"The time which should have been devoted to wise legislation, was spent in a contest for power between the Executive aud the people, which a wise Executive would have stopped at the outset, by submitting to a legitimate responsibility, and which a wise people would have ceased to press, when it had virtually obtained its end."
This is certainly very true, while it conveys, at the same time, a severe censure to the Government, and a virtual acquittal of the Assembly from the responsibility of these unhappy consequences of perpetual and embittered civil dissensions; for Lord Durham throughout fully admits, that the latter never did "attain its end" of compelling the Government to "submit to a legitimate responsibility."
The defective system of Government, from the effects of which the Province is now so severely suffering, commences at the very source of power. "The fact is," says Lord Durham, "according to the present system, there is no real representative of the Crown in the Province; there is in it literally no power which originates and conducts the Executive Government." We often hear of "his
excellency the Governor-in-chief," but "he is in fact a mere subordinate officer," receiving his orders from another subordinate, in some back office, in some back street in London, who never saw the unfortunate colony over which he is suddenly called to preside, and is "disqualified" for the office he is called on to fill, "first, by want of local information, and very often," adds Lord Durham, "by an entire absence of all acquaintance with the business of civil Government." From the difficulties of the position in which the Governor is thrown, it naturally "has been the tendency of the Local Government to settle every thing by reference to the colonial Government in Downing street." And the following bears Lord Durham's testimony to those advantages of colonial Government from a mother country three thousand miles distant, and dependent on the vicissitudes of parties and politics "at home," as it is termed, to which so many of the descendants of the authors of our revolution are now surprised and indignant that the Canadians should be so ungratefully insensible: "In every crisis of danger, and almost every detail of local management," says the report, "the colony has felt the mischief of having its executive authority exercised on the other side of the Atlantic." The emphatic force of the general testimony will preclude the necessity of our giving any of the illustrations of its truth, which will readily suggest themselves to every reader. A general want of proper responsibility is represented as extending through all the leading branches of administration. The real and sole advi sers of the Governor have, in fact, been, says Lord Durham, the Executive Council; "and an institution more singularly calculated for preventing the responsibility of the acts of Government resting in any body can hardly be imagined." One of the constant demands of the Assembly has been the responsibility of the executive council, as well as the election of the legislative council by the people; and behold, Lord Durham testifies to the propriety of the demand, by proposing totally "to alter the working of this cum> brous machine, and place the business of the various departments of the Government in the hands of competent [and responsible] public officers."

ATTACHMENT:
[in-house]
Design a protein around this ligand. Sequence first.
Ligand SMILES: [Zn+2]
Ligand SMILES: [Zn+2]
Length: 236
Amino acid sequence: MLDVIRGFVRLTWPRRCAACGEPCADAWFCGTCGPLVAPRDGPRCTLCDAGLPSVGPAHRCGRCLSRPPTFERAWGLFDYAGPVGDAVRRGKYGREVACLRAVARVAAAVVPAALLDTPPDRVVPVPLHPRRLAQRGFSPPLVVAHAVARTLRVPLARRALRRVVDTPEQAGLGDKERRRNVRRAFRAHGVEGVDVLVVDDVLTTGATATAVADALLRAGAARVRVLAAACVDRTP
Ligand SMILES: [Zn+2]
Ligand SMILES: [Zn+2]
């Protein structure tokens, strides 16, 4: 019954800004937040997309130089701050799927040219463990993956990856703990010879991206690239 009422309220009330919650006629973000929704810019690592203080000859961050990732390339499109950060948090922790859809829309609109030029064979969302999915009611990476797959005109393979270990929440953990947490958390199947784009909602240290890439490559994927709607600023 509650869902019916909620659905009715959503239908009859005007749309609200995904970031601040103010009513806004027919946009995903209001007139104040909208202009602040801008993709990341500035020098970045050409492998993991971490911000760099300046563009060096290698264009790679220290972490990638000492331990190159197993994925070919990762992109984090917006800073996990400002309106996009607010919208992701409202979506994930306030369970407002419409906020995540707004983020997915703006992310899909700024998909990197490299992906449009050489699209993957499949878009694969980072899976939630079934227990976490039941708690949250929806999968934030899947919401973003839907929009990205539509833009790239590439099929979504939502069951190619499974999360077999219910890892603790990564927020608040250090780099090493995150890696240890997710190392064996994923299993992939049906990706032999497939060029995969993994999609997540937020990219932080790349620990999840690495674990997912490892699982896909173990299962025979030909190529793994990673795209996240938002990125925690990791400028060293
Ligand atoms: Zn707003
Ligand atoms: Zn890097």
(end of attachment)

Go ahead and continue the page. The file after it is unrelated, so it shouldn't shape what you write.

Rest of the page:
There is scarcely any regular administration at all in the rural districts out of Quebec, and two or three other principal placesno sheriffs, mayors, constables, or public functionaries of any kind, except the justices of the peace; the total disorganization of the militia has put an end even to the officers of militia, who formerly used to be employed (voluntarily and not very assiduously) for cer tain purposes of police; no municipal institutions-the Government even appearing "to have discouraged the American settlers from introducing their own municipal institutions by common assent." The administration of justice is described as difficult, expensive,
and exceedingly embarrassed by ill-defined and often conflicting law, and imperfect provision for its proper dispensation. The petty local tribunals of commissioners of small causes are represented as being, from the method of their constitution, considerably worse than nothing at all. The Executive Council has been the court of appeals a political, unprofessional, and utterly incompetent body. The provisions for the administration of criminal justice are quite as bad. The people have not the slightest confidence in it. There is no jury-law now in existence in the Province, and the selection of juries is entirely in the hands of the Executive, through the sheriffs of the judicial districts, political partizans holding lucrative offices under the Government.